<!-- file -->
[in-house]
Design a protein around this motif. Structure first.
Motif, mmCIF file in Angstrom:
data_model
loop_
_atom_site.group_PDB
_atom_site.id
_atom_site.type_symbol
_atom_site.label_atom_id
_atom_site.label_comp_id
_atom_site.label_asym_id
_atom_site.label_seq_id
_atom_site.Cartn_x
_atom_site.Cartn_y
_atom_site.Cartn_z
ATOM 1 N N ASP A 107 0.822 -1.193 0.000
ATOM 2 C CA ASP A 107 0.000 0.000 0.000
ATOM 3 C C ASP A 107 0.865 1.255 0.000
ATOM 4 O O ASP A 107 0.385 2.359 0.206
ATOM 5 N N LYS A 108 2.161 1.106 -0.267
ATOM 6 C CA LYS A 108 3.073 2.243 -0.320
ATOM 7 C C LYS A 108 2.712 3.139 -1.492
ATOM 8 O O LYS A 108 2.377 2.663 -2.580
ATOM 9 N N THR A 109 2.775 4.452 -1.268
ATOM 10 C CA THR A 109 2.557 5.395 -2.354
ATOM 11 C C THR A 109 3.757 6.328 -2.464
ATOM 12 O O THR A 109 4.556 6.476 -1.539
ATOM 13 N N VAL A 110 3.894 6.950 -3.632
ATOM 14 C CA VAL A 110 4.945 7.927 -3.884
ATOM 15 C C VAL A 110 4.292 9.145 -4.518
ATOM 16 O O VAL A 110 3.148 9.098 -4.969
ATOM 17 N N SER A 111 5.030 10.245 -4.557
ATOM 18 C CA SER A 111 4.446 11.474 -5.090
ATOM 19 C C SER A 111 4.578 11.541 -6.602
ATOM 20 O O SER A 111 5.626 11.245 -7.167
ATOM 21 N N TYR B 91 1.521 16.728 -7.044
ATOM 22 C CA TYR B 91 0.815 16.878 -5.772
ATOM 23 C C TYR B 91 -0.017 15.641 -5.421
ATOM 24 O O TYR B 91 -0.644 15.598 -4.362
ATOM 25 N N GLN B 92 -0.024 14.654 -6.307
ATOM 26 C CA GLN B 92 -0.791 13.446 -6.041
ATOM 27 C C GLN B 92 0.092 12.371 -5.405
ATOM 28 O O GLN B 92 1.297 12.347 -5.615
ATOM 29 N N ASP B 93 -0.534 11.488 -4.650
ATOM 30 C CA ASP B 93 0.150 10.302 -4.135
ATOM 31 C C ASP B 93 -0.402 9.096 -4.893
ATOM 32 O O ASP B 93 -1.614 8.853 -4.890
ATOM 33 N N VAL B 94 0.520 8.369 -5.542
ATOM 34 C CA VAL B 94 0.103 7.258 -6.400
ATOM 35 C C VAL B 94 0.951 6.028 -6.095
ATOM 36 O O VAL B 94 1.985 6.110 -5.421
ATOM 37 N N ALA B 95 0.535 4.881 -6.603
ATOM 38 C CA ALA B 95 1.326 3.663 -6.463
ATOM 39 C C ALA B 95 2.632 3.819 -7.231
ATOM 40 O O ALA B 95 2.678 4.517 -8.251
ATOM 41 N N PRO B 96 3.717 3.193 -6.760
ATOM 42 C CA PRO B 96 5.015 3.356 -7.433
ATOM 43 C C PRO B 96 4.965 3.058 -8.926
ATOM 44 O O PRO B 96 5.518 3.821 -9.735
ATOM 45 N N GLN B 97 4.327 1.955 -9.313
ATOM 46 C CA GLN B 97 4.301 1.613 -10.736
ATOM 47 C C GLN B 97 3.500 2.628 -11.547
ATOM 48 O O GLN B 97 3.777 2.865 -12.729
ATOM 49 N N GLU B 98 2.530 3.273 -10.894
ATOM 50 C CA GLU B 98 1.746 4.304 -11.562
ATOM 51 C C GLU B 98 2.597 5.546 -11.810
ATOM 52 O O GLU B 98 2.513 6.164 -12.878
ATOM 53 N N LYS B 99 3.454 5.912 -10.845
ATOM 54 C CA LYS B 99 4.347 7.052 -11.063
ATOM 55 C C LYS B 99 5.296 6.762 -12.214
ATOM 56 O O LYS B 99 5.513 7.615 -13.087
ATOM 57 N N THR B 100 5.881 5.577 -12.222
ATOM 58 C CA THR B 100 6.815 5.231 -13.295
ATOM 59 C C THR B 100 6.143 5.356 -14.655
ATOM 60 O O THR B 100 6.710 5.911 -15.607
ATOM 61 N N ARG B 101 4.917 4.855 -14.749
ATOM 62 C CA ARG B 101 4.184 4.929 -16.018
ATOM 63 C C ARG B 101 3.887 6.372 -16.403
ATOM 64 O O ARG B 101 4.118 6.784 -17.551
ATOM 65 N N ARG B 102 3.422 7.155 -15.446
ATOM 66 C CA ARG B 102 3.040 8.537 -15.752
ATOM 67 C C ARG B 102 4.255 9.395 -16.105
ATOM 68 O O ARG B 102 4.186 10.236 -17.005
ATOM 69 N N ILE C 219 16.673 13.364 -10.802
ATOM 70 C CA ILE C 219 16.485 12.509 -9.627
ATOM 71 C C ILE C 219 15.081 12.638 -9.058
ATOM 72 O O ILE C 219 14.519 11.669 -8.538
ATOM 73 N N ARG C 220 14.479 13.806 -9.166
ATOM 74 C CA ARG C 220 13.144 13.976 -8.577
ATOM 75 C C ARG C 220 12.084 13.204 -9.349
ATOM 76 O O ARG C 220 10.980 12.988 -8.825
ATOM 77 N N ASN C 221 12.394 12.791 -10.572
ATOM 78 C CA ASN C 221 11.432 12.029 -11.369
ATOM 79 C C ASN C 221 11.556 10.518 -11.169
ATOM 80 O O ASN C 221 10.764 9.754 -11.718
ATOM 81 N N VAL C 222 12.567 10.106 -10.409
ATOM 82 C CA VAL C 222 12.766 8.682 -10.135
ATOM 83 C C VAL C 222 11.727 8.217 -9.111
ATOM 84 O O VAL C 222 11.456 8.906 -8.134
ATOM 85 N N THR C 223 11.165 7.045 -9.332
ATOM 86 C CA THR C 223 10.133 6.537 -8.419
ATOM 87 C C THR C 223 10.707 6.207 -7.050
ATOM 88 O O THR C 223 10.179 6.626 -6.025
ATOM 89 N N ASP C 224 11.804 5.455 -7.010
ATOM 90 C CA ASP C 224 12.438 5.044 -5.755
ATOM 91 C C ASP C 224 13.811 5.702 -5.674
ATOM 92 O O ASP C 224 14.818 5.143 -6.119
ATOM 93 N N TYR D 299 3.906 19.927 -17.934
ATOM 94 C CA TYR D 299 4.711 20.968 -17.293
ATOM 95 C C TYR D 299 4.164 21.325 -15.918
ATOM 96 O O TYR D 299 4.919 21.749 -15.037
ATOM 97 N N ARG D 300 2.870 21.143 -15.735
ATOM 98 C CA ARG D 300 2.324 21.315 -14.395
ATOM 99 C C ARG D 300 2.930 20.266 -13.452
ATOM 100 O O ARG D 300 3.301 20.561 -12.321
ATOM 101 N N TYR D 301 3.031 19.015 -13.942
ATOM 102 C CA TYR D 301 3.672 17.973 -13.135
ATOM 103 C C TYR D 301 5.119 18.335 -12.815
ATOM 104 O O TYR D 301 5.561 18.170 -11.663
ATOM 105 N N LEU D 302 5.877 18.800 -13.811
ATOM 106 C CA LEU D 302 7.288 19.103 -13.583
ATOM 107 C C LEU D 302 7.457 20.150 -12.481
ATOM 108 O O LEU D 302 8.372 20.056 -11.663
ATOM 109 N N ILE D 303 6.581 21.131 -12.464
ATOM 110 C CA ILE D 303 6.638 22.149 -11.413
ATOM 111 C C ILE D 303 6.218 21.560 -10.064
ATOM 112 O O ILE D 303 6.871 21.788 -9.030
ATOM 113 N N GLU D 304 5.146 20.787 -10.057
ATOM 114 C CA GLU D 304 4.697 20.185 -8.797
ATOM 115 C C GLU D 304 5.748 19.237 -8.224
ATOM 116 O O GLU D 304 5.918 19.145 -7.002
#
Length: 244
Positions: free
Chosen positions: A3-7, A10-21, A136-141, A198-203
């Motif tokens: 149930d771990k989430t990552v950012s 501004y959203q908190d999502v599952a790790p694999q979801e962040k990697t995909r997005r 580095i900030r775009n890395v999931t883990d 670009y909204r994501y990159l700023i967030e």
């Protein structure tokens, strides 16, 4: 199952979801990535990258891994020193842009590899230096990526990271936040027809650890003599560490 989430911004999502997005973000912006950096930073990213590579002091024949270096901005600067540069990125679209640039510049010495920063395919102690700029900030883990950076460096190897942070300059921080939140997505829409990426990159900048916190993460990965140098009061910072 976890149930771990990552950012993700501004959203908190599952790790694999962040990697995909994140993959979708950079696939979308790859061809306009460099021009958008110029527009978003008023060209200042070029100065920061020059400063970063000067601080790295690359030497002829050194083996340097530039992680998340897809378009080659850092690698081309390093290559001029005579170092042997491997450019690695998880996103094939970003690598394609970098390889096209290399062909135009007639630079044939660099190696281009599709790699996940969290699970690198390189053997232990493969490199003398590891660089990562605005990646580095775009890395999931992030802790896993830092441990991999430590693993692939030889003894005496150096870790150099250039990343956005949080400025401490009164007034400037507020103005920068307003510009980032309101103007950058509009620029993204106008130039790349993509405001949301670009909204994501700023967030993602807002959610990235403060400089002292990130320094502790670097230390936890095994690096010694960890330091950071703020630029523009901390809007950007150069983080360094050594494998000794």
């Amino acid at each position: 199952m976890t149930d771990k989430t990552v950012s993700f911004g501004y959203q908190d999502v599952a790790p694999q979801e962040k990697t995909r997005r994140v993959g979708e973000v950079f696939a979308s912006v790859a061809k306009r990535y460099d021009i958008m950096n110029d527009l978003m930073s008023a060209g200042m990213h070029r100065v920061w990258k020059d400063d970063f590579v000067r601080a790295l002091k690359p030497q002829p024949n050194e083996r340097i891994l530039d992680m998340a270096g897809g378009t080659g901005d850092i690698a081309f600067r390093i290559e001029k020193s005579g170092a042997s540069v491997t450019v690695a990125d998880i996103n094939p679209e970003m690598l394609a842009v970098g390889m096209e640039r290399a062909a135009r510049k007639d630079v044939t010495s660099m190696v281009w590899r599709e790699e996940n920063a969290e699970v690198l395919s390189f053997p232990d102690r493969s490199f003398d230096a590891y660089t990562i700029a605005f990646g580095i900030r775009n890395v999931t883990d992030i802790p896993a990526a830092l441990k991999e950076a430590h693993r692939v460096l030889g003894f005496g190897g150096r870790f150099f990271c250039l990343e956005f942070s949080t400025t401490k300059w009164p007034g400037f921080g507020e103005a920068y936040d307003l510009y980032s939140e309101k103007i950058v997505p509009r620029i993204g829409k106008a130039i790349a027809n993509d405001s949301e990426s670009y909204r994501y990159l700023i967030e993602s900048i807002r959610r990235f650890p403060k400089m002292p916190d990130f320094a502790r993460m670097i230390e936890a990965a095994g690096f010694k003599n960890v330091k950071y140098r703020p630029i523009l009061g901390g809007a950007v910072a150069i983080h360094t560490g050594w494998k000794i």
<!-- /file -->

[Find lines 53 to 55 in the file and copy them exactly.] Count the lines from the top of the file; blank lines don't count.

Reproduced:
ATOM 38 C CA ALA B 95 1.326 3.663 -6.463
ATOM 39 C C ALA B 95 2.632 3.819 -7.231
ATOM 40 O O ALA B 95 2.678 4.517 -8.251